Magic shop to materialize in Rockville
County deal will provide owners of Wheaton store with relocation money
‘‘We’re going to make great things happen here in our new store,” said Barry Taylor, co-owner of the Wheaton store, during a press conference April 11 at the new location, where he performed a few sleight-of-hand tricks for the audience.
The new store, located at 5544 Nicholson Lane in Rockville, is about twice the size of the old building, which will be torn down by the county for a pedestrian walkway in the heart of downtown Wheaton.
The Nicholson Lane store, on the second floor of a building, is about 4,000 square feet and was once used by a martial arts school.
Taylor and his wife, Susie Kang, were excited to announce they would continue working their magic in Montgomery County.
But Taylor and Kang were not always pleased with county officials. In fact, they fought with the county to stop their building from being demolished and said they did not know why the county was in such a hurry to take the property. They said other relocation sites in Wheaton were not as suited for their shop.
In January, when the county extended the shop’s occupancy in Wheaton, Taylor said he was also not happy with the compensation the county was offering for relocation and the inevitable rent increase.
At the time, the county was only offering assistance for three years, but the owners and their lawyers were asking for four to five. Kang also said there were just not enough available options for relocation in Wheaton, so she and Taylor began looking in Rockville and Aspen Hill.
Rent will double for the owners in the new space, but Kang said County Executive Isiah Leggett’s office helped obtain money for five years. Barry’s Magic Shop will receive up to $260,000 for relocation assistance and rent subsidy for that period.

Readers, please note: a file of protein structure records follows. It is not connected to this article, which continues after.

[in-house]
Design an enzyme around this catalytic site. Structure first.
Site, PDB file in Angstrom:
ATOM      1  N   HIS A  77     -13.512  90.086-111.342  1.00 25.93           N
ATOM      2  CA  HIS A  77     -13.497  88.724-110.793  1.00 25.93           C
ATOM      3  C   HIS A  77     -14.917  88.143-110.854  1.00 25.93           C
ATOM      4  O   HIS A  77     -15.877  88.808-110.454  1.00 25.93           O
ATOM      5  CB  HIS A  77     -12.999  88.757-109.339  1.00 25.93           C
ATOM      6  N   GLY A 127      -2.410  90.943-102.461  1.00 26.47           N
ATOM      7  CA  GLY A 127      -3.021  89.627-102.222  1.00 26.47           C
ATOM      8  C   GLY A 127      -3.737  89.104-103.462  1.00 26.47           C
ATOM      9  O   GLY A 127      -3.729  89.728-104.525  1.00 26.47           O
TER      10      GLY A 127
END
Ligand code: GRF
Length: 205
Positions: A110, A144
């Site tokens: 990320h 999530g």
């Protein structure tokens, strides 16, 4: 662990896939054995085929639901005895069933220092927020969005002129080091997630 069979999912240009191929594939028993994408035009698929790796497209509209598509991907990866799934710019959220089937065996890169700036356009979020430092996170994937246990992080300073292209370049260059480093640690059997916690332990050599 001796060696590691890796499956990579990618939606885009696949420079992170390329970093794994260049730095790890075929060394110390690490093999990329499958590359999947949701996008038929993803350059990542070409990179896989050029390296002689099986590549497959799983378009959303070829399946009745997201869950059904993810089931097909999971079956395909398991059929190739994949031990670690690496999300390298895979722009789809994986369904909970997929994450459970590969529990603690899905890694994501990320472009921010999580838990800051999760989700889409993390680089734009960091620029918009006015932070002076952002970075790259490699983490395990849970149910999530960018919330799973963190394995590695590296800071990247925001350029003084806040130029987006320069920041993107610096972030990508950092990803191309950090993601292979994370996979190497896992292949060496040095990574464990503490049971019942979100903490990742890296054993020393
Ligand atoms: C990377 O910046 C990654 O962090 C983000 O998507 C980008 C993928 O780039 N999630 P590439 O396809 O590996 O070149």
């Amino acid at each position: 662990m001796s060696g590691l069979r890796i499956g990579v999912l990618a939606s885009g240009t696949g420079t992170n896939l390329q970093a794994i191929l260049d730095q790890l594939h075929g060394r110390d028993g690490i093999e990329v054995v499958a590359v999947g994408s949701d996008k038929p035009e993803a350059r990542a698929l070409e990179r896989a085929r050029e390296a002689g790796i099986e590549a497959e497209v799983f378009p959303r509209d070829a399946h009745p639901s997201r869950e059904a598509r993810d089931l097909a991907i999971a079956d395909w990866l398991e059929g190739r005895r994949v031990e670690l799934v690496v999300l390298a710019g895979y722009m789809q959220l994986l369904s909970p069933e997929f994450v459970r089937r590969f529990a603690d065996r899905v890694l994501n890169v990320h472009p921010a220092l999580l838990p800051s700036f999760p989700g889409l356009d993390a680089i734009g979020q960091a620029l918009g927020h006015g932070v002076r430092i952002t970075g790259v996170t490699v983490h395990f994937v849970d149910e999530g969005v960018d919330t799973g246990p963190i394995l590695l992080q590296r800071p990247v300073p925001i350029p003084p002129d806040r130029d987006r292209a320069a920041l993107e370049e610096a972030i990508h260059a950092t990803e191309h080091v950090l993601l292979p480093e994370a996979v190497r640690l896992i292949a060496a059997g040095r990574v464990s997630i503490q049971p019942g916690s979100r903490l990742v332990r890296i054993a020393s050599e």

Taylor and Kang have signed a five-year lease with an option for an additional five years. But Taylor said a clause would allow the owner to not renew the lease if plans for redevelopment emerge.
‘‘At least I have five years and I’ll be notified in advance,” Taylor said. Barry’s Magic Shop has until June 30 to vacate its current building, and hopes to have the new shop running by mid-July.
The press conference was put on by Leggett’s office. Leggett (D), who was praised by Taylor and Kang for his assistance, said the resolution was an example of what government is capable of.
‘‘This is an exciting day for Montgomery County,” Leggett said. ‘‘[It shows] the commitment and willingness of the county to make things happen to create positive outcomes.”
The magic shop’s current building at 11234 Georgia Ave. was acquired by the county in June for $987,000 to create a mid-block walkway designed to connect stores on Georgia Avenue to those on Triangle Lane. The walkway has been under discussion since 1995 when it was introduced in the county’s Capital Improvement Program.
Taylor said he was so grateful for what Leggett had done to help the business that he was going to name a ‘‘magic theater” after the county executive.
‘‘[Leggett] accomplishes great things and that is truly magic,” Taylor said as he turned a balloon into a wooden wand. He later helped Leggett pull a dove out of a black cloth sack.
Pat Koslowe, a Silver Spring resident who used to bring her five children to the shop and lobbied the county on Taylor’s behalf, now brings some of her 13 out-of-state grandchildren to the shop. She has been a Barry’s customer for about 25 years.
‘‘When my children were young, this was the greatest treat,” Koslowe said of the magic shop.‘‘[Taylor] is so good at pulling a trick that applies to the kids’ age and budget.”
Meanwhile, Wheaton officials are preparing to build the walkway. Natalie Cantor, director of Mid-County Regional Services Center, said federal funds that were going to be used for the walkway will be used to improve infrastructure along Ennalls Avenue. Cantor said the county still has enough money in its budget for the walkway.
‘‘We’re just sort of shifting the shelves legally and we’ll have the money within our own budget to pay for the walkway,” Cantor said.
While happy to have found a new location in Rockville, where Taylor and Kang live, Kang said she would miss Wheaton.
‘‘We have a lot of friends there and we have to go back and eat,” Kang said. ‘‘Things have to move along, but we’ll definitely miss Wheaton.”